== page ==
Alien Planets With Twin Suns Spotted By NASA

Astronomers have for the first time discovered two alien planets whirling around a pair of stars: a complete solar system with twin suns just like Luke Skywalker’s fictional home world Tatooine.

Most stars like our sun are not singletons, but rather come in pairs that orbit each other. Scientists had found planets in these binary systems, so-called circumbinary planets with two suns like Tatooine in the “Star Wars” universe.

To find more circumbinary planets, astronomers analyzed data from NASA’s prolific Kepler space telescope, which has detected more than 2,300 potential alien worlds since its March 2009 launch. Kepler had to date detected four systems with circumbinary planets — Kepler-16, 34, 35 and 38. The scientists have now announced the detection of Kepler-47, the first system seen with multiple worlds encircling a pair of stars. The star and its planets, called Kepler-47b and Kepler-47c, dwell about 5,000 light-years away, in the constellation Cygnus, the Swan.


The planets are much too far away to see with the naked eye. Rather, they were discovered by the drop in brightness they cause when they cross in front of, or transit, their host stars. One of the stars is much like our sun, and the other is about a third its size and 175 times fainter. The inner and outer planets are respectively 3 and 4.6 times Earth’s diameter — the smaller planet is the smallest circumbinary planet seen yet. The inner world completes an orbit every 49.5 days, while the outer one takes 303.2 days, giving it the largest known orbit for any transiting exoplanet. The stars themselves whirl around each other every 7.5 days.

The scientists published their findings online Aug. 28 in the journal Science. They will also detail their results Aug. 29 at the General Assembly of the International Astronomical Union in Beijing.

Do you think there are other real-life “Tatooine” planets like the one in Star Wars out there? What other amazing discoveries could NASA’s Kepler space telescope bring next?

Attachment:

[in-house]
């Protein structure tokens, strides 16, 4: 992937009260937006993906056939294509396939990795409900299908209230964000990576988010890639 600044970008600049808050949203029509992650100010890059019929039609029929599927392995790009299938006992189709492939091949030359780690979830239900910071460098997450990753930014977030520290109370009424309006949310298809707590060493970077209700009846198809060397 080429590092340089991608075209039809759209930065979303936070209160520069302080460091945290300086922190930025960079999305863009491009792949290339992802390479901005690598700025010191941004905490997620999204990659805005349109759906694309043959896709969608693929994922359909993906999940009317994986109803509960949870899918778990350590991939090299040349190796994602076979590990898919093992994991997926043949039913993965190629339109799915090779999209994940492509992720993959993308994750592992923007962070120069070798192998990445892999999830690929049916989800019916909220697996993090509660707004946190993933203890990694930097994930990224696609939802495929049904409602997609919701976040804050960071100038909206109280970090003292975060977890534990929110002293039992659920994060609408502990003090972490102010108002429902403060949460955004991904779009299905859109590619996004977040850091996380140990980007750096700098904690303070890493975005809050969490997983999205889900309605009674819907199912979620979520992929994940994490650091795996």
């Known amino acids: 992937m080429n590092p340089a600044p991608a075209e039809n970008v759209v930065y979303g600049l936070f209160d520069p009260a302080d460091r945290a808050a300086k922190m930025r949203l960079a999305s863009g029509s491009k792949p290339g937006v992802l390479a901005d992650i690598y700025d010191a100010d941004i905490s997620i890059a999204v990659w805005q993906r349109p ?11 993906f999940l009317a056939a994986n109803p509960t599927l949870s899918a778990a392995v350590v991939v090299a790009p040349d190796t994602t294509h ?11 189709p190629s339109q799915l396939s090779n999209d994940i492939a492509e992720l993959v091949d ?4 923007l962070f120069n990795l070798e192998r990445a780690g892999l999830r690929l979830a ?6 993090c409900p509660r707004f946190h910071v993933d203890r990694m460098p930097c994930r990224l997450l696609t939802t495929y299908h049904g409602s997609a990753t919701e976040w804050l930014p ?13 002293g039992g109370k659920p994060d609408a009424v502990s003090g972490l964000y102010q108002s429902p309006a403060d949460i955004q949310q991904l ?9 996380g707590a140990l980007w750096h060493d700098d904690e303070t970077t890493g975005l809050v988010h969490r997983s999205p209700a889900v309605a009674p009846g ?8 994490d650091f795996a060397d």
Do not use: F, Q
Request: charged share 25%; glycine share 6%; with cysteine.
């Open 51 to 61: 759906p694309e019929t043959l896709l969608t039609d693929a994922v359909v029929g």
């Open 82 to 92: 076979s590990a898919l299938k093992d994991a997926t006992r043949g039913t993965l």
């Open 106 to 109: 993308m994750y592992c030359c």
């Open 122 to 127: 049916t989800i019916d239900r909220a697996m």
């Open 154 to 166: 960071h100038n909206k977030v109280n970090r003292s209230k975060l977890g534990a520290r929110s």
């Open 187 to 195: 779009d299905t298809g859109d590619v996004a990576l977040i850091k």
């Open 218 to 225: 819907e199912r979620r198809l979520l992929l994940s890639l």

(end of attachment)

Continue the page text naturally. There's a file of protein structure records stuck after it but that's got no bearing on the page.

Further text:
Source: Yahoo News

Image: Space

Does The Full Moon Really Make People Crazy?

The biggest full moon of the year will rise Saturday (May 5) as Earth’s only satellite swings into its perigee, or closest approach to Earth. This so-called “supermoon” will appear extra big and extra bright. In honor of the moon’s big show, we’re dispelling a few myths about the Earth’s rocky satellite:

Myth 1: The Moon Makes Us Crazy

The word lunacy traces its roots to the word “lunar,” and plenty of people, from nurses to police officers, will tell you that things get wild around the full moon. But this non-supernatural equivalent of the werewolf myth doesn’t hold water. A 1985 review of the literature on the timing of mental illness and the moon found that the folklore that links the full moon with mental breakdowns, criminal behavior and other disturbances has no basis in scientific data.


Myth 2: The Supermoon Can Cause Disasters

The reason we have supermoons is because the moon’s orbit is not perfectly circular. When it swings closer to Earth on its elliptical path, the moon does exert a bit more of a gravitational pull on our planet. But it’s nothing Earth can’t handle.

Myth 3: The Moon Landing Was a Hoax

As thinly sourced as it is, the hoax theories can be frustrating to those who risked their lives to get to the moon. In 2002, Buzz Aldrin, one of the members of the original 1969 Apollo 11 mission, was dogged by conspiracy theorist Bart Sibrel at an event. When Sibrel blocked Aldrin’s path and called him a “coward” and a “liar,” the then-72-year-old astronaut punched Sibrel in the face.

What other myths about the moon have you encountered? Feel free to share them with us!

Source: Yahoo News

Image: Science & Myth